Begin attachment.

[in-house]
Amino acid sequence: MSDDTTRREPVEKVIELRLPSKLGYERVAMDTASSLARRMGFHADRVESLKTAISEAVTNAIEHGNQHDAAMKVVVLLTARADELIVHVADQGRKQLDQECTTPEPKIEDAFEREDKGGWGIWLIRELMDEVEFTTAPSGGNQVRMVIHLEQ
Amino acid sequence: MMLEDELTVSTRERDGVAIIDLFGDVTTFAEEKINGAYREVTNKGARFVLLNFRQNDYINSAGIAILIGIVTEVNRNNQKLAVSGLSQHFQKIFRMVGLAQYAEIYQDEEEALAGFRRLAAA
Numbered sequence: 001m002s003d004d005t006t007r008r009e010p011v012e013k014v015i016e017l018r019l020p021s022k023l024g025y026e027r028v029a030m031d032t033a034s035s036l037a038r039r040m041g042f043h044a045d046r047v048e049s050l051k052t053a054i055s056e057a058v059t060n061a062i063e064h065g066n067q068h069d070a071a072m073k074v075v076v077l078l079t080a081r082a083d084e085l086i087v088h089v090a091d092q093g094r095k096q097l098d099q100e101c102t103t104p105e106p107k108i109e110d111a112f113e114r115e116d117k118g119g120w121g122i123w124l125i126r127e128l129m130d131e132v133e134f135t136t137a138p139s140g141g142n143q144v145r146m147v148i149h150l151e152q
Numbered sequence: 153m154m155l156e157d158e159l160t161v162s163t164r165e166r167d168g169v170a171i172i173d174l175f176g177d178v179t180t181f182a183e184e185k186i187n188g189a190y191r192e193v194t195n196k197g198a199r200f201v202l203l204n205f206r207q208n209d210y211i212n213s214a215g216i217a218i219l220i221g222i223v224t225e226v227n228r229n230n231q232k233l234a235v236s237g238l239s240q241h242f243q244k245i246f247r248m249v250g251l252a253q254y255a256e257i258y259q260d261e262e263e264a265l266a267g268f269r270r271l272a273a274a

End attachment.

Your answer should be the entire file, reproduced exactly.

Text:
[in-house]
Amino acid sequence: MSDDTTRREPVEKVIELRLPSKLGYERVAMDTASSLARRMGFHADRVESLKTAISEAVTNAIEHGNQHDAAMKVVVLLTARADELIVHVADQGRKQLDQECTTPEPKIEDAFEREDKGGWGIWLIRELMDEVEFTTAPSGGNQVRMVIHLEQ
Amino acid sequence: MMLEDELTVSTRERDGVAIIDLFGDVTTFAEEKINGAYREVTNKGARFVLLNFRQNDYINSAGIAILIGIVTEVNRNNQKLAVSGLSQHFQKIFRMVGLAQYAEIYQDEEEALAGFRRLAAA
Numbered sequence: 001m002s003d004d005t006t007r008r009e010p011v012e013k014v015i016e017l018r019l020p021s022k023l024g025y026e027r028v029a030m031d032t033a034s035s036l037a038r039r040m041g042f043h044a045d046r047v048e049s050l051k052t053a054i055s056e057a058v059t060n061a062i063e064h065g066n067q068h069d070a071a072m073k074v075v076v077l078l079t080a081r082a083d084e085l086i087v088h089v090a091d092q093g094r095k096q097l098d099q100e101c102t103t104p105e106p107k108i109e110d111a112f113e114r115e116d117k118g119g120w121g122i123w124l125i126r127e128l129m130d131e132v133e134f135t136t137a138p139s140g141g142n143q144v145r146m147v148i149h150l151e152q
Numbered sequence: 153m154m155l156e157d158e159l160t161v162s163t164r165e166r167d168g169v170a171i172i173d174l175f176g177d178v179t180t181f182a183e184e185k186i187n188g189a190y191r192e193v194t195n196k197g198a199r200f201v202l203l204n205f206r207q208n209d210y211i212n213s214a215g216i217a218i219l220i221g222i223v224t225e226v227n228r229n230n231q232k233l234a235v236s237g238l239s240q241h242f243q244k245i246f247r248m249v250g251l252a253q254y255a256e257i258y259q260d261e262e263e264a265l266a267g268f269r270r271l272a273a274a